C olumbia’s cross-country revival under coach Willy Wood continues. The Lions achieved a milestone in October when they became the first men's and women's teams from the same school to win the Metropolitan Championships in the same year.

The men’s team was led all year long by Mike Grant ’99 and Tom Kloos ’99 while the women’s squad was paced by Kara Kerr ’00, all of whom achieved All-Ivy first team recognition.

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COMEBACK:Kara Kerr '00, injured last season, achieved All-Ivy first team honors in cross-country.
Columbia’s men’s team, which was expected to be strong, dominated the Mets by placing six runners in the top 10, with Kloos finishing second and Grant third. “It was probably the best overall effort I’ve seen since I’ve been at Columbia,” said Wood, who is in his fifth year as coach.
The women’s team, without any seniors, was bolstered by the return of a healthy Kerr and a promising group of sophomores and first-years. Kerr finished seven seconds behind the individual winner at the Mets and four other Lions finished in the top 20 as the women won their first-ever Met title, edging Rutgers 55-61. Following the Mets, Columbia’s men won the nine-team Iowa State Memorial Classic and the women placed third.

On October 30, Grant became the first Columbia runner to win the Heptagonal Championships with a time of 24:40.3, second-fastest by a Lion on the five-mile course in Van Cortlandt Park. Kloos finished fourth individually while the Lions came in third for the second year in a row, trailing Princeton and Dartmouth. Columbia’s women, perennial last-place finishers, continued their upswing by coming in fifth, beating out Navy, Yale, Harvard and Penn. Kerr finished third overall with a time of 17:57 that was the second-fastest by a Lion on the 5K course and thus became the first Columbia woman to earn All-Ivy cross country honors.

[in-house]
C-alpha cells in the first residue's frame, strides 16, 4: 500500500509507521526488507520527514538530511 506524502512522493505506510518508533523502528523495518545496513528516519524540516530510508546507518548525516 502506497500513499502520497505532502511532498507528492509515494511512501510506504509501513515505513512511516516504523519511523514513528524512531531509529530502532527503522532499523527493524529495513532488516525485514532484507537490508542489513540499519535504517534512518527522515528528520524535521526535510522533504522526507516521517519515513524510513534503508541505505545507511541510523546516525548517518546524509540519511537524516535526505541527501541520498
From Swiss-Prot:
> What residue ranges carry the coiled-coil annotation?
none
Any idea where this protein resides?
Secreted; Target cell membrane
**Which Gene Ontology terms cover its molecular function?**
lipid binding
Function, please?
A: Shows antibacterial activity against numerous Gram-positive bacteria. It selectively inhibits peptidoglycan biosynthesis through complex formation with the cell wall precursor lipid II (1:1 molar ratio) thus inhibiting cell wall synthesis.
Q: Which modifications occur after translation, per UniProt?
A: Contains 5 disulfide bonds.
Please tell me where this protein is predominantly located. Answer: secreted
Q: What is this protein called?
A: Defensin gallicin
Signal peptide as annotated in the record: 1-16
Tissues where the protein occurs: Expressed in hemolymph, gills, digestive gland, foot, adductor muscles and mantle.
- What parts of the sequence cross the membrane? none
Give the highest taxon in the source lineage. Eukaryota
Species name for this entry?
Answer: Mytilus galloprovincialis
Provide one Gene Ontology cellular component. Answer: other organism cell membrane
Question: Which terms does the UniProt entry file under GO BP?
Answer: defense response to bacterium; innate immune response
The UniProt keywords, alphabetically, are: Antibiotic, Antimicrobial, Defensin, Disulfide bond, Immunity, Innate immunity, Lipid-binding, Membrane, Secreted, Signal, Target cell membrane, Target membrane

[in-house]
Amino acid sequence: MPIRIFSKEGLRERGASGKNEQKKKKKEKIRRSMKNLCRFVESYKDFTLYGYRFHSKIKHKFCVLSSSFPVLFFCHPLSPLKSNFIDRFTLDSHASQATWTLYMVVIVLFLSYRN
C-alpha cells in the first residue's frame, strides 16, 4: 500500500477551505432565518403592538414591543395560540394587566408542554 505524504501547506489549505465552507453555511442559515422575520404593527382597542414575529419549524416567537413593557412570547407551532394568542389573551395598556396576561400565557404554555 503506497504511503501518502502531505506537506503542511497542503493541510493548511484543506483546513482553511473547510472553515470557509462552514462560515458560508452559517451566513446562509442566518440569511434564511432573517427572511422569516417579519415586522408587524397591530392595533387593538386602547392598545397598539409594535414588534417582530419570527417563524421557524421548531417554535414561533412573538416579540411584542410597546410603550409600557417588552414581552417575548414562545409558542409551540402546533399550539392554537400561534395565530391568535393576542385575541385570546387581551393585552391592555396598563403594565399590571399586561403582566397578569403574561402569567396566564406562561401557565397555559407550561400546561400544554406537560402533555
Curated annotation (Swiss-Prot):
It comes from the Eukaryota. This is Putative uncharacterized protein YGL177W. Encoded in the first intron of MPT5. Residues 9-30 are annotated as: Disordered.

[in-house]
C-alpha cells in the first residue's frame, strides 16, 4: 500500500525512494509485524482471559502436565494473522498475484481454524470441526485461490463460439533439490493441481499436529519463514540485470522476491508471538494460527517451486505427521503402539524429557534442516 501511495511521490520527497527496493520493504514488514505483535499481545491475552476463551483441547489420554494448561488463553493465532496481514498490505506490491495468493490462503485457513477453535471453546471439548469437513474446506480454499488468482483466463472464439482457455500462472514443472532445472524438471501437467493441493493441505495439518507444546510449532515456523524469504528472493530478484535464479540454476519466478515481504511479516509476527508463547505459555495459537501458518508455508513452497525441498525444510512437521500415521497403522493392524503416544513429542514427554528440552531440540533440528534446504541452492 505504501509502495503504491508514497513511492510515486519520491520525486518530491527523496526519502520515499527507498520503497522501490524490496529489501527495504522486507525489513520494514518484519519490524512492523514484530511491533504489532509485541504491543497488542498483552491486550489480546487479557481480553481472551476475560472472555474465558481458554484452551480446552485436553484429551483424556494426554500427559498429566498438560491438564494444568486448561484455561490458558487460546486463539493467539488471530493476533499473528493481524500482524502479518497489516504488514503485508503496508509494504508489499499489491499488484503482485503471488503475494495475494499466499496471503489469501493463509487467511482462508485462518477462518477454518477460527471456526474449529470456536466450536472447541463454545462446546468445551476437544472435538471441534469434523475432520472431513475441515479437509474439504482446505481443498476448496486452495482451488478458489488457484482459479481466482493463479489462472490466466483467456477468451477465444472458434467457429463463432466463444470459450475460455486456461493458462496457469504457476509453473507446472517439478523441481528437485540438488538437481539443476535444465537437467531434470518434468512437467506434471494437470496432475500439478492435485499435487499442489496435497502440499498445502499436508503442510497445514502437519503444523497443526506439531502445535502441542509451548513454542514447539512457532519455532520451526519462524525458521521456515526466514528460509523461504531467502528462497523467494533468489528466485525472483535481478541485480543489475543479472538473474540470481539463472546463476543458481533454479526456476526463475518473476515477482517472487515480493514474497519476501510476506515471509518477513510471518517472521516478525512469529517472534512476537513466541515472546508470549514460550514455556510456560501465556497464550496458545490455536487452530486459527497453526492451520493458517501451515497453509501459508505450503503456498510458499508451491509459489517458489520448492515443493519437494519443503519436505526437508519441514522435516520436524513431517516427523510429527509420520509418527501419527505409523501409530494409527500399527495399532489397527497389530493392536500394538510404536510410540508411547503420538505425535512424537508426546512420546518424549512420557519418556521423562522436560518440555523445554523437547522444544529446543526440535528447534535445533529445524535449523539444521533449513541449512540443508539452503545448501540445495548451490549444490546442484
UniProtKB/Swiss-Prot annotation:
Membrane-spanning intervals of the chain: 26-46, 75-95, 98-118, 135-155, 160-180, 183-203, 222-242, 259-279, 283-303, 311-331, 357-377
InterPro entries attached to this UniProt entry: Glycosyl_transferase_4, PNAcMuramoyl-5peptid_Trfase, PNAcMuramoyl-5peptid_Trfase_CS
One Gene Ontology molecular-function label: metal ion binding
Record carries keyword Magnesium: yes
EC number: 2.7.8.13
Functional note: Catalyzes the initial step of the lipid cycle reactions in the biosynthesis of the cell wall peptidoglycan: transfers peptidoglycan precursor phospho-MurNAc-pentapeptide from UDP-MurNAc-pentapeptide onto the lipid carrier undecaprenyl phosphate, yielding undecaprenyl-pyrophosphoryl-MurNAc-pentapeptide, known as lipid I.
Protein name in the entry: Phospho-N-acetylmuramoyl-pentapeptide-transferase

In the NCAA Northeast Regional, Columbia’s men finished fourth and the women came in eighth. Grant placed fourth individually and Kloos also qualified for a trip to the NCAAs by finishing 15th, but Kerr missed out in her bid by finishing 17th in the women’s race. At the NCAA Championships in Lawrence, Kan., Grant came in 94th and Kloos 138th among the 247 runners who competed on the 10K course.

T he volleyball team, hampered by injuries and a short, nine-player roster, compiled a 6-23 overall record and was winless in seven Ivy matches. One bright spot was the Columbia Classic on September 25-26, when the Lions beat Holy Cross, Howard and LIU to win the event. “Winning the Columbia Classic was definitely a highlight for us,” said co-captain Laura Alexander ’99, and Coach Carolyn Elwood noted that the tournament victory created “a feeling we haven’t had on campus for a while.”

Columbia’s field hockey team finished at 4-13, and while that only matched the record of the previous season, team members said it did not reflect improvement that would pay off next season. “There were a lot of games were it could have gone either way,” said defender Tori Henry ’00. “We will have no excuses next season. We won’t be a young team anymore. We’ll have had four years of recruiting, there will be seniors on the team and we are going to put it all together.”

The fall tennis season concluded with the ITA Rolex regional tournaments, in which Scott Watnick ’99 reached the fourth round of the men’s event before losing while Joyce Chang ’02 was beaten in the first round of the women’s event. The spring season is the main focus for the tennis teams, however, and both squads feel the experience gained this fall can only help them in the upcoming season.

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